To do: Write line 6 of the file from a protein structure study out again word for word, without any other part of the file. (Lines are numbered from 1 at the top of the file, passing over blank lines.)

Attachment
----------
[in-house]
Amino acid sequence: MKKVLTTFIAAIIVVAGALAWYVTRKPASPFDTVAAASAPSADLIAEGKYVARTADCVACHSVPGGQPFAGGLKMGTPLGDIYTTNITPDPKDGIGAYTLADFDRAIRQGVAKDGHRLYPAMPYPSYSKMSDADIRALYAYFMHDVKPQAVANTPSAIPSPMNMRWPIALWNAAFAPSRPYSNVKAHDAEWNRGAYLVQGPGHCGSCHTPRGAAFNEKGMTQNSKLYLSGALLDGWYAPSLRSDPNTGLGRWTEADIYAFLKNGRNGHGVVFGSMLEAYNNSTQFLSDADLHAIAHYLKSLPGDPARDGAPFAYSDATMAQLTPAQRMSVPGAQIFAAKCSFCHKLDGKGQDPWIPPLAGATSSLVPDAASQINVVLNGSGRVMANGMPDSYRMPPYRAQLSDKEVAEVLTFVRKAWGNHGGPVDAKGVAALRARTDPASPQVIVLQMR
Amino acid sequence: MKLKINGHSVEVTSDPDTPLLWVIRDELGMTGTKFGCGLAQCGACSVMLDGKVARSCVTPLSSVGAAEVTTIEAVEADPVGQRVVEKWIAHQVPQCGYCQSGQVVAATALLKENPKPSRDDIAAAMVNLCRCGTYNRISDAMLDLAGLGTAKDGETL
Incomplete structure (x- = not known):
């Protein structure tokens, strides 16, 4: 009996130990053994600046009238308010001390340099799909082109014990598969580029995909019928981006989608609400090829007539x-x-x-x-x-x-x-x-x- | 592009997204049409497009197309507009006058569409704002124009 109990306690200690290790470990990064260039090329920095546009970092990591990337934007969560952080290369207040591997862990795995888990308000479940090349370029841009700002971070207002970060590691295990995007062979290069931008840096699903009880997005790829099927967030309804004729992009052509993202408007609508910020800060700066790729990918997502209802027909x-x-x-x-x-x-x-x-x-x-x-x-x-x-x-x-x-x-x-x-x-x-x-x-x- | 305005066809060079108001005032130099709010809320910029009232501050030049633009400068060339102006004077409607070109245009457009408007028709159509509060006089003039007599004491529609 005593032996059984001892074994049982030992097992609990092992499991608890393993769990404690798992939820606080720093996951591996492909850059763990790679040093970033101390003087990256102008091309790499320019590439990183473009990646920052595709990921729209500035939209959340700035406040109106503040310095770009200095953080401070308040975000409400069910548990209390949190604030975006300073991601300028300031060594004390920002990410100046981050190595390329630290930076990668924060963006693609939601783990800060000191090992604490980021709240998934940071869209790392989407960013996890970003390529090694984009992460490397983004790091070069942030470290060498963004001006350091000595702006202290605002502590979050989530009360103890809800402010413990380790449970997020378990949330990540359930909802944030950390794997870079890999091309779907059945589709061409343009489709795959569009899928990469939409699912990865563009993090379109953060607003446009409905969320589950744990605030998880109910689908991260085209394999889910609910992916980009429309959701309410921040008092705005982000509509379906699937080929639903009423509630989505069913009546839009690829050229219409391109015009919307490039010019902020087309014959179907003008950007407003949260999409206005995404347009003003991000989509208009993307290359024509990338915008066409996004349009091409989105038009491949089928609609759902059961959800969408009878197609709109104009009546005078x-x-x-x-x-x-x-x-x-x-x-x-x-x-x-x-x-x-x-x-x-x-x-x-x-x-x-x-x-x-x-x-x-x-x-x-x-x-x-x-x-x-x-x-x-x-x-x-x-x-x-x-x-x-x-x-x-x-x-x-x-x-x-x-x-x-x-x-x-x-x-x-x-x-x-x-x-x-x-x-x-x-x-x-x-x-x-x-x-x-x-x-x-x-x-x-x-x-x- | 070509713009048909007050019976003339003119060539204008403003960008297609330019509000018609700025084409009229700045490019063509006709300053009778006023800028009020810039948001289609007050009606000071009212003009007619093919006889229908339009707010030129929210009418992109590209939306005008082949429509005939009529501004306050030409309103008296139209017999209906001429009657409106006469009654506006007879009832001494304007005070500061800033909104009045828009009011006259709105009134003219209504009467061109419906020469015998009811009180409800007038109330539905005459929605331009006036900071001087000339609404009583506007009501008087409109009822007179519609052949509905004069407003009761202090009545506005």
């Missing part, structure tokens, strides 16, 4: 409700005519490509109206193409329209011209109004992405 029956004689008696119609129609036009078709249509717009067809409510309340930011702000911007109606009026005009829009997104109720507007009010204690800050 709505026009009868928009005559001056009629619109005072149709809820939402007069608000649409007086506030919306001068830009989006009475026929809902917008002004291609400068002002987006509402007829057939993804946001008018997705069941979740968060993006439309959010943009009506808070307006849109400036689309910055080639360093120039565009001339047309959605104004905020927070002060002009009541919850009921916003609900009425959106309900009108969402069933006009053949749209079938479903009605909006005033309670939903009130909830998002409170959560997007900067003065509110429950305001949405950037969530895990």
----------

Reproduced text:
């Missing part, structure tokens, strides 16, 4: 409700005519490509109206193409329209011209109004992405 029956004689008696119609129609036009078709249509717009067809409510309340930011702000911007109606009026005009829009997104109720507007009010204690800050 709505026009009868928009005559001056009629619109005072149709809820939402007069608000649409007086506030919306001068830009989006009475026929809902917008002004291609400068002002987006509402007829057939993804946001008018997705069941979740968060993006439309959010943009009506808070307006849109400036689309910055080639360093120039565009001339047309959605104004905020927070002060002009009541919850009921916003609900009425959106309900009108969402069933006009053949749209079938479903009605909006005033309670939903009130909830998002409170959560997007900067003065509110429950305001949405950037969530895990």